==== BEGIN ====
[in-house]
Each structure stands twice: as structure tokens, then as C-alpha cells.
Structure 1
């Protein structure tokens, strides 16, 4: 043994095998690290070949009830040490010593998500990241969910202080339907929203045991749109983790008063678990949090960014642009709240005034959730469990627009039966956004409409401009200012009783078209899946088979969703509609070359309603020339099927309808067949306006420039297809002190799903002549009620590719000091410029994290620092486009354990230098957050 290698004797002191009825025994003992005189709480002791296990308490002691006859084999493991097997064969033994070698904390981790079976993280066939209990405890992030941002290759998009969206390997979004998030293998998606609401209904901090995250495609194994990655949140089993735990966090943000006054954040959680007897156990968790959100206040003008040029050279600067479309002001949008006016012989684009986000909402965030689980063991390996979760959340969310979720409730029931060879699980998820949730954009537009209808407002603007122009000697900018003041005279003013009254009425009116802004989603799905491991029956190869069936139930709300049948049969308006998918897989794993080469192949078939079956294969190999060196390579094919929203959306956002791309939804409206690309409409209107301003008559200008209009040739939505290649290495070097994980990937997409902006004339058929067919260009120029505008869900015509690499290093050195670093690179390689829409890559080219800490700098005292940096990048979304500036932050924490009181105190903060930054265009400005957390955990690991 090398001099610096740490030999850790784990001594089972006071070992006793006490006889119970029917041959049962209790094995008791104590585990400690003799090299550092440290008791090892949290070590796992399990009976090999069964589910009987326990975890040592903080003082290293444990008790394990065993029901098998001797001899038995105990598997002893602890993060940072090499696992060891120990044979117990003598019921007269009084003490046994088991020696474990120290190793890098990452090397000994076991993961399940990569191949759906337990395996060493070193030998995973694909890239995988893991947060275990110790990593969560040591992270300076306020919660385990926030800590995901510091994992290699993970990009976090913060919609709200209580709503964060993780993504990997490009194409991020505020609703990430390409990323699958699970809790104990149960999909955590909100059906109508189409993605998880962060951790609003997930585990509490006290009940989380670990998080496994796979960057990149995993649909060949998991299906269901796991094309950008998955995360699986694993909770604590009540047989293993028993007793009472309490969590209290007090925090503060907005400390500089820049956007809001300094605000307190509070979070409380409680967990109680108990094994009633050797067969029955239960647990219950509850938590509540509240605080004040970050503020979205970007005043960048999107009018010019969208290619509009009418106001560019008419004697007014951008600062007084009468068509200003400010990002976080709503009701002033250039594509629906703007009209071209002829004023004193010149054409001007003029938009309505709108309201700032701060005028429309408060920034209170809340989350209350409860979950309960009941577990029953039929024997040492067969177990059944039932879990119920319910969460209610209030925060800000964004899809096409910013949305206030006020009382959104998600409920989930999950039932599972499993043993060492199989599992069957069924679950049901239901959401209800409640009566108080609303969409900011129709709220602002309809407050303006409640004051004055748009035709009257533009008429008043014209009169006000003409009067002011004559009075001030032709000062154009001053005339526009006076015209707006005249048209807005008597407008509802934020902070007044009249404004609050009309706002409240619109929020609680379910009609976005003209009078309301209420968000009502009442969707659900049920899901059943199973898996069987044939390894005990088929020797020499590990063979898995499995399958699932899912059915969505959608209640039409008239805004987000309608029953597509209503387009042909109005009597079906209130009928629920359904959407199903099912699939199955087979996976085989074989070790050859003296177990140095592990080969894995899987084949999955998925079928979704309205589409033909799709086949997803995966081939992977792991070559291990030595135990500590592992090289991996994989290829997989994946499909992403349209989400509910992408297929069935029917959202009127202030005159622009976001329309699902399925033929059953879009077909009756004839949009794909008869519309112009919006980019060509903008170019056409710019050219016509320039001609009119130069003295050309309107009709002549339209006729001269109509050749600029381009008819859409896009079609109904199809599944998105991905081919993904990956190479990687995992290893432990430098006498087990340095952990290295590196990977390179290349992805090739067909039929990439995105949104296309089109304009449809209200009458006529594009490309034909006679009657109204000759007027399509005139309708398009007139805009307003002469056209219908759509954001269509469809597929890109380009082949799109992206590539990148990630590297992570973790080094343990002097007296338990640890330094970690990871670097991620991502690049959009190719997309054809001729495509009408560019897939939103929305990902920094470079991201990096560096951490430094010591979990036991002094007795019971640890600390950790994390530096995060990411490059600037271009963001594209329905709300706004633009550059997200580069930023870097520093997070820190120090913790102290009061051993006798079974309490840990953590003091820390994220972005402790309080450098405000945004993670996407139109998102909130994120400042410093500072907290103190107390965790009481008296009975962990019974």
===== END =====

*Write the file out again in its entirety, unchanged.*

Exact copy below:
[in-house]
Each structure stands twice: as structure tokens, then as C-alpha cells.
Structure 1
């Protein structure tokens, strides 16, 4: 043994095998690290070949009830040490010593998500990241969910202080339907929203045991749109983790008063678990949090960014642009709240005034959730469990627009039966956004409409401009200012009783078209899946088979969703509609070359309603020339099927309808067949306006420039297809002190799903002549009620590719000091410029994290620092486009354990230098957050 290698004797002191009825025994003992005189709480002791296990308490002691006859084999493991097997064969033994070698904390981790079976993280066939209990405890992030941002290759998009969206390997979004998030293998998606609401209904901090995250495609194994990655949140089993735990966090943000006054954040959680007897156990968790959100206040003008040029050279600067479309002001949008006016012989684009986000909402965030689980063991390996979760959340969310979720409730029931060879699980998820949730954009537009209808407002603007122009000697900018003041005279003013009254009425009116802004989603799905491991029956190869069936139930709300049948049969308006998918897989794993080469192949078939079956294969190999060196390579094919929203959306956002791309939804409206690309409409209107301003008559200008209009040739939505290649290495070097994980990937997409902006004339058929067919260009120029505008869900015509690499290093050195670093690179390689829409890559080219800490700098005292940096990048979304500036932050924490009181105190903060930054265009400005957390955990690991 090398001099610096740490030999850790784990001594089972006071070992006793006490006889119970029917041959049962209790094995008791104590585990400690003799090299550092440290008791090892949290070590796992399990009976090999069964589910009987326990975890040592903080003082290293444990008790394990065993029901098998001797001899038995105990598997002893602890993060940072090499696992060891120990044979117990003598019921007269009084003490046994088991020696474990120290190793890098990452090397000994076991993961399940990569191949759906337990395996060493070193030998995973694909890239995988893991947060275990110790990593969560040591992270300076306020919660385990926030800590995901510091994992290699993970990009976090913060919609709200209580709503964060993780993504990997490009194409991020505020609703990430390409990323699958699970809790104990149960999909955590909100059906109508189409993605998880962060951790609003997930585990509490006290009940989380670990998080496994796979960057990149995993649909060949998991299906269901796991094309950008998955995360699986694993909770604590009540047989293993028993007793009472309490969590209290007090925090503060907005400390500089820049956007809001300094605000307190509070979070409380409680967990109680108990094994009633050797067969029955239960647990219950509850938590509540509240605080004040970050503020979205970007005043960048999107009018010019969208290619509009009418106001560019008419004697007014951008600062007084009468068509200003400010990002976080709503009701002033250039594509629906703007009209071209002829004023004193010149054409001007003029938009309505709108309201700032701060005028429309408060920034209170809340989350209350409860979950309960009941577990029953039929024997040492067969177990059944039932879990119920319910969460209610209030925060800000964004899809096409910013949305206030006020009382959104998600409920989930999950039932599972499993043993060492199989599992069957069924679950049901239901959401209800409640009566108080609303969409900011129709709220602002309809407050303006409640004051004055748009035709009257533009008429008043014209009169006000003409009067002011004559009075001030032709000062154009001053005339526009006076015209707006005249048209807005008597407008509802934020902070007044009249404004609050009309706002409240619109929020609680379910009609976005003209009078309301209420968000009502009442969707659900049920899901059943199973898996069987044939390894005990088929020797020499590990063979898995499995399958699932899912059915969505959608209640039409008239805004987000309608029953597509209503387009042909109005009597079906209130009928629920359904959407199903099912699939199955087979996976085989074989070790050859003296177990140095592990080969894995899987084949999955998925079928979704309205589409033909799709086949997803995966081939992977792991070559291990030595135990500590592992090289991996994989290829997989994946499909992403349209989400509910992408297929069935029917959202009127202030005159622009976001329309699902399925033929059953879009077909009756004839949009794909008869519309112009919006980019060509903008170019056409710019050219016509320039001609009119130069003295050309309107009709002549339209006729001269109509050749600029381009008819859409896009079609109904199809599944998105991905081919993904990956190479990687995992290893432990430098006498087990340095952990290295590196990977390179290349992805090739067909039929990439995105949104296309089109304009449809209200009458006529594009490309034909006679009657109204000759007027399509005139309708398009007139805009307003002469056209219908759509954001269509469809597929890109380009082949799109992206590539990148990630590297992570973790080094343990002097007296338990640890330094970690990871670097991620991502690049959009190719997309054809001729495509009408560019897939939103929305990902920094470079991201990096560096951490430094010591979990036991002094007795019971640890600390950790994390530096995060990411490059600037271009963001594209329905709300706004633009550059997200580069930023870097520093997070820190120090913790102290009061051993006798079974309490840990953590003091820390994220972005402790309080450098405000945004993670996407139109998102909130994120400042410093500072907290103190107390965790009481008296009975962990019974």